Reinhard Matz – Faces Without People

Review by Gerhard Clausing • The process of depicting simulated people in fake ‘portraits’ has reached new levels of perfection. The software programming known as GAN (Generative Adversarial Network) combines features from known human portraits to create endless new simulated ‘portraits’ depicting nonexisting pseudo-people, looking quite real. When I first came across this process in... Continue Reading →

Koschies – SURFACES

Review by Gerhard Clausing •­ If you have had enough of the same old style of portraits, then get ready for something completely different. These meticulously produced portraits by the artist duo known as Koschies demand some new definitions, since they challenge our customary way of visualizing each other. We are used to seeing portraits... Continue Reading →

Scot Sothern – Family Tree

Review by Gerhard Clausing • When Scot Sothern was a young man, he became, by his own description, an ‘itinerant photographer’ who, having escaped from the formal studio work edicts of his father’s practice, decided to mix with and get to know the folks on the street in the 1970s, especially since at that time... Continue Reading →

George Tice – Lifework

Slipcover, George Tice: Lifework Review by Douglas Stockdale • One of my first photobook acquisitions is another retrospective by George Tice – Photographs 1953-1973, which was then a twenty-year retrospective. Now that I am a bit older and perhaps wiser, I am understanding why this earlier book was published when noting that the introduction is by the... Continue Reading →

Pamela Landau Connolly – Fly in Amber

Review by Douglas Stockdale • Lady Clementina Hawarden (1822 – 1865) was a 19th century British photographer who photographed her adolescent daughters, frequently incorporating the use of mirrors and other reflecting surfaces creating multi-faceted portraits and visual narratives exploring self-reflection and introspection. Interestingly little is known of her life, who remains a mystery and what is suspected... Continue Reading →

Sarah Kaufman – Devil’s Pool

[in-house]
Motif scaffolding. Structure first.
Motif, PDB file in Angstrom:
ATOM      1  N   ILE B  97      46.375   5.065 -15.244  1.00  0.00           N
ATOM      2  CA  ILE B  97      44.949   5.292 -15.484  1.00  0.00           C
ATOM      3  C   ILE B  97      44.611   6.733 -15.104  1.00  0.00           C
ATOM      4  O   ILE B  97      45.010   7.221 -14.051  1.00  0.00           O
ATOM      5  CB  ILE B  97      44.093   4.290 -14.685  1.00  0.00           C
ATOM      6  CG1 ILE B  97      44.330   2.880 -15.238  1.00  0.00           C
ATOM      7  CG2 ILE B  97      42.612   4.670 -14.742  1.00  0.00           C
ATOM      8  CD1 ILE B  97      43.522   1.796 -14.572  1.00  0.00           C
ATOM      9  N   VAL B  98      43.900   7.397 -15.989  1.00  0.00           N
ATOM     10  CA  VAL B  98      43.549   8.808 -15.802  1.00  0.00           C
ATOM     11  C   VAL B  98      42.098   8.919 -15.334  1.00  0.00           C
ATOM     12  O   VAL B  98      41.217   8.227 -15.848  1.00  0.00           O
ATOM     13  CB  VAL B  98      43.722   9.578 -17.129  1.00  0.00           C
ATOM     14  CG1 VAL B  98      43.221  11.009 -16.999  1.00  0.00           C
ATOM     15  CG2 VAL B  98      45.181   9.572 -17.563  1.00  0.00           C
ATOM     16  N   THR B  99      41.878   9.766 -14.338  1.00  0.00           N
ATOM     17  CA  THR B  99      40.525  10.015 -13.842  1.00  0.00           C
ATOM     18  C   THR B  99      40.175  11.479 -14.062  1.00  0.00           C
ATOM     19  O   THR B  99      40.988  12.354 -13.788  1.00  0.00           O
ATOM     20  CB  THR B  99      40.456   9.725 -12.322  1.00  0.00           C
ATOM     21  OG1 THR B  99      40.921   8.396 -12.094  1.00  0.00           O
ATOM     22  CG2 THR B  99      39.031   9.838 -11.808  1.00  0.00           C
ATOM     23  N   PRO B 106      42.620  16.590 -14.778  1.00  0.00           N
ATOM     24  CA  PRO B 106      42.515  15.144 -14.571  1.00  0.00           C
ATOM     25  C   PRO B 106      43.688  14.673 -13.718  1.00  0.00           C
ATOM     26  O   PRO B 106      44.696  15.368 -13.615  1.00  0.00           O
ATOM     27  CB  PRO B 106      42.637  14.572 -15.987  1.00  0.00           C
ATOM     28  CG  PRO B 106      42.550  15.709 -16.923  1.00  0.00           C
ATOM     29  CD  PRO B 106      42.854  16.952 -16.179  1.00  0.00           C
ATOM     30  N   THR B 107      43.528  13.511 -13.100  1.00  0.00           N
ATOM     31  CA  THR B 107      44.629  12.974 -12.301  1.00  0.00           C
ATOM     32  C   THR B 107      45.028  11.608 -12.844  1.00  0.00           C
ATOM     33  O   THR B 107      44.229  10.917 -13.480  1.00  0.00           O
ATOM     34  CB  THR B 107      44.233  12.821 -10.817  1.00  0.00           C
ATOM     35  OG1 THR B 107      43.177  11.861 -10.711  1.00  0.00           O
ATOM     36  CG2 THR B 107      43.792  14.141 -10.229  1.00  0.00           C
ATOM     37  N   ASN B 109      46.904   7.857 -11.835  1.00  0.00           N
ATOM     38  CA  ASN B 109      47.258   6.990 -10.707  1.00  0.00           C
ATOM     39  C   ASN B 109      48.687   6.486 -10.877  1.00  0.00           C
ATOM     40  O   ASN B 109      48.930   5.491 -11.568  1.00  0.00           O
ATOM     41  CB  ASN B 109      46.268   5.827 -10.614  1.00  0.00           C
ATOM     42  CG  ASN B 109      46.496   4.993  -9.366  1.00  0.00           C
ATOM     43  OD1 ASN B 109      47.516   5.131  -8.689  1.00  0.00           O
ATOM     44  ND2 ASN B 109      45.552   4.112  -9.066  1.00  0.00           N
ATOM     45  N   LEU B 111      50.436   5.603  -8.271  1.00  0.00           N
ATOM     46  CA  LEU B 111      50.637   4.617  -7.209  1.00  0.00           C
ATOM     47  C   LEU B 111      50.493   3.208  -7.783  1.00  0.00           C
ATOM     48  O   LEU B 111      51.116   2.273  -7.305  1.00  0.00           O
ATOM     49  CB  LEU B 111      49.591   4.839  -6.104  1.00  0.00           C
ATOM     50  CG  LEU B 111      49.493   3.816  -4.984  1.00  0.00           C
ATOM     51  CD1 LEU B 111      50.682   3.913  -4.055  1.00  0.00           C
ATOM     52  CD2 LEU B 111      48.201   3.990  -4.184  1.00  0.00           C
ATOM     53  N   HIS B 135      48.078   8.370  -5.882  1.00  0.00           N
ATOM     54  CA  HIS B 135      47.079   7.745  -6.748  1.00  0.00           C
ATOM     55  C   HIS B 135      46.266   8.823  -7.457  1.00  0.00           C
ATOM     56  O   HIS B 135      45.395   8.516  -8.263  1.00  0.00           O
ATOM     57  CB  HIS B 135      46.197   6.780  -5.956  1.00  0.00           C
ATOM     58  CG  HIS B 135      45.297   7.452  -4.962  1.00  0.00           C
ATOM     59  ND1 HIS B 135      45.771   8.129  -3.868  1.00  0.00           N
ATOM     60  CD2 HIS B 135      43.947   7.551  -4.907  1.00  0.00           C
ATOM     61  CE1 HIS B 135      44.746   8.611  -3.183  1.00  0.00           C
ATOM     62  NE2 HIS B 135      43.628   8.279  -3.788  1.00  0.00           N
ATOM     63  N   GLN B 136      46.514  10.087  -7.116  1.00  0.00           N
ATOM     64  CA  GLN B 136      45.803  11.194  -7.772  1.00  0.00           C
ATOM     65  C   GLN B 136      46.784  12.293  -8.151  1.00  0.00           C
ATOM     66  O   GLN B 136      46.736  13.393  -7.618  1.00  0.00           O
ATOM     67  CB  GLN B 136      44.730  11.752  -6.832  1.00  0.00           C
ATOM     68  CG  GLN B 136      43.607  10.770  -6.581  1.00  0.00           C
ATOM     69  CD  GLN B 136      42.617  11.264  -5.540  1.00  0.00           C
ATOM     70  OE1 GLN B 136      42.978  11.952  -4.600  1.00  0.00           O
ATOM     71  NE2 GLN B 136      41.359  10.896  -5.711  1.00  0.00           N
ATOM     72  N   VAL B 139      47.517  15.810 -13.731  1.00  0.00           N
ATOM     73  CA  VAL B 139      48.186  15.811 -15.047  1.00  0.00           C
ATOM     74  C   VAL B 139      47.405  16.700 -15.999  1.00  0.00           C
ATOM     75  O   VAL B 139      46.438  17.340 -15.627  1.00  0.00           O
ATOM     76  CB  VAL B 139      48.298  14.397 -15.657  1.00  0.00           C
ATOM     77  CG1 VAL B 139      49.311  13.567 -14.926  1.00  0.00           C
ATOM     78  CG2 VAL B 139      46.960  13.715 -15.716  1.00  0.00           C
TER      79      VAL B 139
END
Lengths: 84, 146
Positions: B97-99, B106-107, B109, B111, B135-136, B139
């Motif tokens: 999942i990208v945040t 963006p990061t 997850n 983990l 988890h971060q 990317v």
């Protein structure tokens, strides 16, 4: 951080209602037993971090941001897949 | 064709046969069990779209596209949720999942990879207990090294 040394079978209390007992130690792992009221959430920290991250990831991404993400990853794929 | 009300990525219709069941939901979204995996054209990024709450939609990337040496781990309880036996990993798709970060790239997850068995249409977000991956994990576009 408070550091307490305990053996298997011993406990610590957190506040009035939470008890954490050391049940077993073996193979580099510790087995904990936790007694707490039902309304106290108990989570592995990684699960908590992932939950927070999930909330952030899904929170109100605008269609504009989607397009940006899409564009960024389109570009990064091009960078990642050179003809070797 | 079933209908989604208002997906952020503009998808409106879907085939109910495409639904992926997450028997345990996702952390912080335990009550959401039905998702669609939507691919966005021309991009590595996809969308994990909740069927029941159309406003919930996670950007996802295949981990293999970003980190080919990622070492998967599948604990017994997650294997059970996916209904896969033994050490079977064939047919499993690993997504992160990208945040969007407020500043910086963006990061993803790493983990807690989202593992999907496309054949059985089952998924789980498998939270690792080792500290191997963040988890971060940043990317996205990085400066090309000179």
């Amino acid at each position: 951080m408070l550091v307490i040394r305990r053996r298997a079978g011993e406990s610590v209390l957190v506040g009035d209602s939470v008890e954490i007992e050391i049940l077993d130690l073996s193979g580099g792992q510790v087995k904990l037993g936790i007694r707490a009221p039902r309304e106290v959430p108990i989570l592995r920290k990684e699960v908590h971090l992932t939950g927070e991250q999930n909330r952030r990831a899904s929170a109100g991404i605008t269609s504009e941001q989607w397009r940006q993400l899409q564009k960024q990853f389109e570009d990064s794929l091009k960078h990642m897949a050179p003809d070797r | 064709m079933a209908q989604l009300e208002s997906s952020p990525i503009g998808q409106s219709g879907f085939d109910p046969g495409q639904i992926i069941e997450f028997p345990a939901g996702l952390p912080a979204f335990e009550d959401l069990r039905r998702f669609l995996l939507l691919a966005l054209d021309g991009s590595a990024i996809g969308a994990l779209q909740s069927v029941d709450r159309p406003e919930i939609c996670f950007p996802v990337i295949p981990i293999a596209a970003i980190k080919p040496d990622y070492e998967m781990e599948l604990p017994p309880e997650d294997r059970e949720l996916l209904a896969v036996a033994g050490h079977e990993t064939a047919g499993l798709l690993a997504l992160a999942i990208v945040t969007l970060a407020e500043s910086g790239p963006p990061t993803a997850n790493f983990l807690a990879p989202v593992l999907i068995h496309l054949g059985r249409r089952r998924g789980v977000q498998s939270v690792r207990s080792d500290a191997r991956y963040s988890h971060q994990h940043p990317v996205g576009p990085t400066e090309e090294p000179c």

Review by Brian O’Neill • The Devil’s Pool is a roughly 15-foot-deep by 25-foot-wide basin of water tucked within Wissahickon Valley Park located in Northwest Philadelphia, USA. But, if you Google “Devil’s Pool,” the aforementioned pool does not appear. Instead, you will find “Devil’s Pool, Victoria Falls.” You will read that it is “a tourist attraction in... Continue Reading →

Phillip Prodger – Face Time

Review by Melanie Chapman • As the saying goes: You can’t judge a book by its Cover. In the case of the new Thames and Hudson publication “Face Time: A History of the Photographic Portrait”, edited by Phillip Rodger, the cover itself agrees. Two youths are photographed with slight variations in perspective so that each looks... Continue Reading →

Anne Berry – Behind Glass

Review by Douglas Stockdale • Anthropomorphism, that is giving human traits or attributes to animals, is probably most applicable when observing primates, those animals we seem to attribute some of their attributes to us an interesting twist on zoomorphism. All the more when the subjects are observed in confined quarters in which we suspect they have... Continue Reading →

Ken Light – Course of the Empire

Review by Melanie Chapman • Perhaps the greatest compliment one can pay a photographer is to be so inspired by their work that you go out into the world and attempt to make pictures in the same vein. Thus, on Christmas Day, Ken Light’s new photobook Course of the Empire compelled this reviewer to drive downtown, seeking images... Continue Reading →

Ben P. Ward – I Dream of Dust

Review by Wayne Swanson • Colorado may be known as a land of snow-capped peaks, ski slopes, and the mystique of a certain bland beer brewed with pure Rocky Mountain spring water. But that’s just the half of it. Head east from Denver, and you enter another world. A flat, semi-arid world. A world of dust. ... Continue Reading →

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